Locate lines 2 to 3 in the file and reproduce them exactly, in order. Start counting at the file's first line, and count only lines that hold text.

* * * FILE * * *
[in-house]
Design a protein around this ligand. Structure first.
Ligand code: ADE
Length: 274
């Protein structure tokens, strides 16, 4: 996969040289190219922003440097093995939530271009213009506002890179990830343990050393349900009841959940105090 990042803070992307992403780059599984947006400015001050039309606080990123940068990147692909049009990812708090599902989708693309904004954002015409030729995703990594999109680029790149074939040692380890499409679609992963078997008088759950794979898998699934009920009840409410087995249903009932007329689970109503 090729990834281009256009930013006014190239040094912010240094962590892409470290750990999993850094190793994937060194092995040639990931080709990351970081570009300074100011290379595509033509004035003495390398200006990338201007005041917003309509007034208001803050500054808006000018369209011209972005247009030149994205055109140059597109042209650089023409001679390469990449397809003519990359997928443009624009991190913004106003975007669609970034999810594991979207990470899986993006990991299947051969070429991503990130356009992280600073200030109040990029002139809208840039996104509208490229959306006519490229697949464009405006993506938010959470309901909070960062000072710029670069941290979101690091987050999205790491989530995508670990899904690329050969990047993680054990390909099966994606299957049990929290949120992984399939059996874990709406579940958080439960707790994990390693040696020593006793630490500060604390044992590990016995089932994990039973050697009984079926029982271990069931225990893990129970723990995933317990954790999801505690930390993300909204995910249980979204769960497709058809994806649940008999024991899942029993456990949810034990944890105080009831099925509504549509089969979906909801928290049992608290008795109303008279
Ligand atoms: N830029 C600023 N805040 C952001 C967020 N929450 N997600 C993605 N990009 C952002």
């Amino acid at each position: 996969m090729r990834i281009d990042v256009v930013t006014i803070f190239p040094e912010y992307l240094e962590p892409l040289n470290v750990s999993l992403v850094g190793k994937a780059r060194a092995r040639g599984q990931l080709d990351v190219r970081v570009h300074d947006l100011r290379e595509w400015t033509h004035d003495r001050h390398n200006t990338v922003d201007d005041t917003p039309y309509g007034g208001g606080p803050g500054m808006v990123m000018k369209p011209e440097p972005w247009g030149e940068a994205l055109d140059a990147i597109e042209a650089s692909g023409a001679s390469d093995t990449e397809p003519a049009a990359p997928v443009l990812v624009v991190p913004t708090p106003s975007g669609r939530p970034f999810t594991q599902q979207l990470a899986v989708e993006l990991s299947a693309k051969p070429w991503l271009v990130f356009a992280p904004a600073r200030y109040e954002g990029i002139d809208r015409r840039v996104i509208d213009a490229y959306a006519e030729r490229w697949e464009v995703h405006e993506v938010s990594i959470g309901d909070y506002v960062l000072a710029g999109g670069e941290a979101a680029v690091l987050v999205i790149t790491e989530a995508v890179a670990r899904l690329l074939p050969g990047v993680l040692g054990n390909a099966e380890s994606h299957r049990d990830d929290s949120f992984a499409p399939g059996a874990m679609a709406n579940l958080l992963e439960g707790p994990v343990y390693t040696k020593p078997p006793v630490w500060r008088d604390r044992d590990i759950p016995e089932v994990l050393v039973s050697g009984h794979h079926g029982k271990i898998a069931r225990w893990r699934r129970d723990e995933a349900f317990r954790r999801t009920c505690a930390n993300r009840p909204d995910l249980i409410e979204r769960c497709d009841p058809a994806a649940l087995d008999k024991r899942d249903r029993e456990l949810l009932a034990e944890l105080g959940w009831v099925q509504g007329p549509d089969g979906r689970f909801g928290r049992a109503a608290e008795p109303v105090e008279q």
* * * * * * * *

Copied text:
Design a protein around this ligand. Structure first.
Ligand code: ADE